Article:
• Check for any sensitive data stored with encryption
  • Check for unprotected web views
  • Check for unprotected intent or activity
  • Check for any obfuscation used to hide the source code
  • Check for root detection capability in the application

For more detail analysis we can use the MobSF, android application scanner to give us more in depth analysis of the android application.

Dynamic Analysis

Once done with the static analysis, which is more related to the source code review. In dynamic analysis the main focus is to test the application when it runs in an actual environment. For this we require an actual device or emulator (rooted). The main question that arises here is, the need for the rooted device in penetration testing. If we have device or emulator rooted we can access the system files of the android os, which gives us more flexibility in doing the penetration testing. The android application files which includes databases, preferences files, and etc. can be found in the location “/data/data/<application_package_name>/”. If the device or emulator is not rooted then you don’t have any access to the above location and you can miss something important.

The main points to look in the above location is the access to any configuration regarding the application, sensitive information stored by the application which is not encrypted.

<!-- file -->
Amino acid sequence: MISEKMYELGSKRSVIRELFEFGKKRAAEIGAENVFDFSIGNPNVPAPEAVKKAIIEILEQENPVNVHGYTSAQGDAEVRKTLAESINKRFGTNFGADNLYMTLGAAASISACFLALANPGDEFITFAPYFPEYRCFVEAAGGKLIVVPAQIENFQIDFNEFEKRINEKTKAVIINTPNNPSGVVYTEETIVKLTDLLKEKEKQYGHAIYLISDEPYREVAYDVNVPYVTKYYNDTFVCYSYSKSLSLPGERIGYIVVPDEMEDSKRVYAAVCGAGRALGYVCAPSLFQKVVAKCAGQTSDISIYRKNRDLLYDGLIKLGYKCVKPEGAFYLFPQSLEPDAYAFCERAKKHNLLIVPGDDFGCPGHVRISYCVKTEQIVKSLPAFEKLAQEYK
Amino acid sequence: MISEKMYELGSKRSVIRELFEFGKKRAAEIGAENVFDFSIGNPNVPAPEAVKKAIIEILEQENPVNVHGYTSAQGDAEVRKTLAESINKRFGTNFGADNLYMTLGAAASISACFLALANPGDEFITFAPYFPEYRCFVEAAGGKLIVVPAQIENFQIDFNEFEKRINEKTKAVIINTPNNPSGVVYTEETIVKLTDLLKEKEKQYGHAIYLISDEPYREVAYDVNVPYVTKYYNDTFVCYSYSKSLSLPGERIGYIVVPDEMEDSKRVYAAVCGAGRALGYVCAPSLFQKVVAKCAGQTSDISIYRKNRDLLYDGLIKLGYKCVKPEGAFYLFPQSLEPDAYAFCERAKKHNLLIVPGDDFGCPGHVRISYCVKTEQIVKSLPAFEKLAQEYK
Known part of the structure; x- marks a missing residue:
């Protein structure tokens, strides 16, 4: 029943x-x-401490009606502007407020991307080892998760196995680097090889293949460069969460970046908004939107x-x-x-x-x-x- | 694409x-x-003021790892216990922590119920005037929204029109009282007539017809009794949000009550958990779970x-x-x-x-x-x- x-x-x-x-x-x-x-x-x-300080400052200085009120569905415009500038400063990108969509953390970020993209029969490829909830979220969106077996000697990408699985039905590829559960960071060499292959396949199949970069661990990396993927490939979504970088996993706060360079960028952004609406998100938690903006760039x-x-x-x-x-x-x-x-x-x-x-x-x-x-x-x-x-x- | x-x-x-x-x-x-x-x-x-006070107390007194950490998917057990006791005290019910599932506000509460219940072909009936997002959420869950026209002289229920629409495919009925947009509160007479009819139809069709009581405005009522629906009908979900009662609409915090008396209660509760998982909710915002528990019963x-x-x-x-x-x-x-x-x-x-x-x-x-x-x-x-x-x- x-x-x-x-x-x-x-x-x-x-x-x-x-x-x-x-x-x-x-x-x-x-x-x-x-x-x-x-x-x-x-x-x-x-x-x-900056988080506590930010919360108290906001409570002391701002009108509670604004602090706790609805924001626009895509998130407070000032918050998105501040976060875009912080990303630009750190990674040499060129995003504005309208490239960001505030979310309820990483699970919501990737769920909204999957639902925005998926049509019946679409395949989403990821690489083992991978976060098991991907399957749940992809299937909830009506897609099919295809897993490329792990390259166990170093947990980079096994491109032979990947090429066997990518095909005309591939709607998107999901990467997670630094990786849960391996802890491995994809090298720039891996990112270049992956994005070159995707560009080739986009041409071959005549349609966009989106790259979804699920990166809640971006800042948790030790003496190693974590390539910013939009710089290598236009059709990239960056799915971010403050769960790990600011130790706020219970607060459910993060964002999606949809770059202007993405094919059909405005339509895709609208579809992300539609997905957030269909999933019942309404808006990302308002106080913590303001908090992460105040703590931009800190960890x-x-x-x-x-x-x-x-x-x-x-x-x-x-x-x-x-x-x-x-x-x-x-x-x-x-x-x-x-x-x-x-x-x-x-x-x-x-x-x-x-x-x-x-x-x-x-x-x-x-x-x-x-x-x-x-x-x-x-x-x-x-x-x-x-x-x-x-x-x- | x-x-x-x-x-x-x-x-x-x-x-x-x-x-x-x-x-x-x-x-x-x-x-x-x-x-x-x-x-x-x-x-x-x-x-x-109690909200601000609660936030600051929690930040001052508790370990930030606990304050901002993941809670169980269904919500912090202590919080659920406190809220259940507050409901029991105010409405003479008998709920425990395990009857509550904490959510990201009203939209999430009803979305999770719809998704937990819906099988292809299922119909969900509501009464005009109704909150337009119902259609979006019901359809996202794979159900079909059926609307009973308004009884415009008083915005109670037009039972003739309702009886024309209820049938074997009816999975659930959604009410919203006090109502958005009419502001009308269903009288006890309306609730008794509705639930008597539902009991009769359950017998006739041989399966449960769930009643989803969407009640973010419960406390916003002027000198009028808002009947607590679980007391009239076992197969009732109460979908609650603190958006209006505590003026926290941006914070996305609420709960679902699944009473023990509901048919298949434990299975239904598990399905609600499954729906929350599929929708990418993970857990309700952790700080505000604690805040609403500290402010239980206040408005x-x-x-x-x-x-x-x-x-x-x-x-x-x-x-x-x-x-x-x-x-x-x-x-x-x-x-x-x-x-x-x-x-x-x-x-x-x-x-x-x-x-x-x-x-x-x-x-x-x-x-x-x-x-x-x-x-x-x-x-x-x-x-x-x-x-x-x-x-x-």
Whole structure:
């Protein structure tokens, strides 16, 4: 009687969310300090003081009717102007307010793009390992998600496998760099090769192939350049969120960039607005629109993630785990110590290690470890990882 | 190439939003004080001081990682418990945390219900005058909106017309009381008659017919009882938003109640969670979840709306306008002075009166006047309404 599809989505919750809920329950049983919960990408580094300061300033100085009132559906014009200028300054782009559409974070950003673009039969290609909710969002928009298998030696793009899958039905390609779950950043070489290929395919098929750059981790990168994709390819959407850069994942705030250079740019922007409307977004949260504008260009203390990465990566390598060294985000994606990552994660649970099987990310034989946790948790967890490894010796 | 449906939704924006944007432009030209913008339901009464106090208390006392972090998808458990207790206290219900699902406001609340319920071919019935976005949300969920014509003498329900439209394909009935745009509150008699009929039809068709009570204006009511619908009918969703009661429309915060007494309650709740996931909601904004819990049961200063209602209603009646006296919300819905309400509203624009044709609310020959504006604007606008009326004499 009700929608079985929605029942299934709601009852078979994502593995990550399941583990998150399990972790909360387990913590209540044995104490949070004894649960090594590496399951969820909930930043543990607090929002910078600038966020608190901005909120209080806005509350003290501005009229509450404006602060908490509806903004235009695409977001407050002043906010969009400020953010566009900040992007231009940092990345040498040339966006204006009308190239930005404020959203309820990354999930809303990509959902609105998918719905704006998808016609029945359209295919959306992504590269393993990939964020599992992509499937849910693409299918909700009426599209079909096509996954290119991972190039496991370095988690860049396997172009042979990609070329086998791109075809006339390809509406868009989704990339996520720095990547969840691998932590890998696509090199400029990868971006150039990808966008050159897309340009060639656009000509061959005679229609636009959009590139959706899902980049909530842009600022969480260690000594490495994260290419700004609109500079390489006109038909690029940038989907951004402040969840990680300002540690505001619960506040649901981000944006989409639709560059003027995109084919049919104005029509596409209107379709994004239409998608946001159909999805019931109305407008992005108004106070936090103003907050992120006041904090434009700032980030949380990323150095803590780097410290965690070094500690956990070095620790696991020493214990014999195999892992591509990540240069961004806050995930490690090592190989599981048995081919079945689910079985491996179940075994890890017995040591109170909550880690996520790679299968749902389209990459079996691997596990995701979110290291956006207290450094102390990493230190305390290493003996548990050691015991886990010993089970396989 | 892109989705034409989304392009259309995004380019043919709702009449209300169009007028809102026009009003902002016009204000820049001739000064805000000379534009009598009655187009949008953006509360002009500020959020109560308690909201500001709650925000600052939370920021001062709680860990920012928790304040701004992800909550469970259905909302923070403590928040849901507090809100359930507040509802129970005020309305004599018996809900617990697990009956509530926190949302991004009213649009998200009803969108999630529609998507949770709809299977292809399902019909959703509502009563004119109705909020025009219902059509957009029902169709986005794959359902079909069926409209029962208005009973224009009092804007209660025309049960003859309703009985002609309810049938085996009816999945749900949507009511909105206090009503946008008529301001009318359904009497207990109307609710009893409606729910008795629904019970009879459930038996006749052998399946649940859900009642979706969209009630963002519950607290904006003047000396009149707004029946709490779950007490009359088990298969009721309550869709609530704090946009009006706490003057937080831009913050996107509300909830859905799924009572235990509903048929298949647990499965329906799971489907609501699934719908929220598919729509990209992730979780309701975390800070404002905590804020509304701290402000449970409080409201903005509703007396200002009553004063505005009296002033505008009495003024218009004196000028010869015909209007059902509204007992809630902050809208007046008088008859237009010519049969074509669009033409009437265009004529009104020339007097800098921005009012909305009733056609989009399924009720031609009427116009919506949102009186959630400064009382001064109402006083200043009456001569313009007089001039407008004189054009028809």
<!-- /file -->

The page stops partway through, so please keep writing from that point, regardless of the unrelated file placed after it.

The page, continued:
Drozer is a great tool to check for bypassing an activity to another. It can be used to check access control in the application, like bypassing the login of the application and accessing any sensitive information. It also scans for  the injection point in the application.

Sometimes, the application have partial SSL certificate information embedded into the application. Then the traffic from the mobile application cannot be intercept for testing in burpsuite. To disable the SSL pinning implemented in the application, we use the tool objection.

Command: android sslpinning disable

Following points to look in the dynamic analysis:-

  • Proper access control must be implemented in the android application
  • User input must be sanitized properly before sending to the server
  • Any sensitive information leakage in logs
  • Proper session management in the application
  • Business logic flaws

For web application penetration testing we can use Burp Suite, to intercept the traffic from the mobile application and server, to check for any flaws. The checklist for this will be similar to OWASP category, which can be found here.

The OWASP category for testing the web application can be found below:-

  • A1:2017-Injection
  • A2:2017-Broken Authentication
  • A3:2017-Sensitive Data Exposure
  • A4:2017-XML External Entities (XXE)
  • A5:2017-Broken Access Control
  • A6:2017-Security Misconfiguration
  • A7:2017-Cross-Site Scripting (XSS)
  • A8:2017-Insecure Deserialization
  • A9:2017-Using Components with Known Vulnerabilities
  • A10:2017-Insufficient Logging & Monitoring

The penetration testing for mobile application includes all the aspects from static, dynamic and web application penetration testing. The vulnerability in mobile application can make a huge impact on the organization. A proper guidelines must be followed by developing the android application.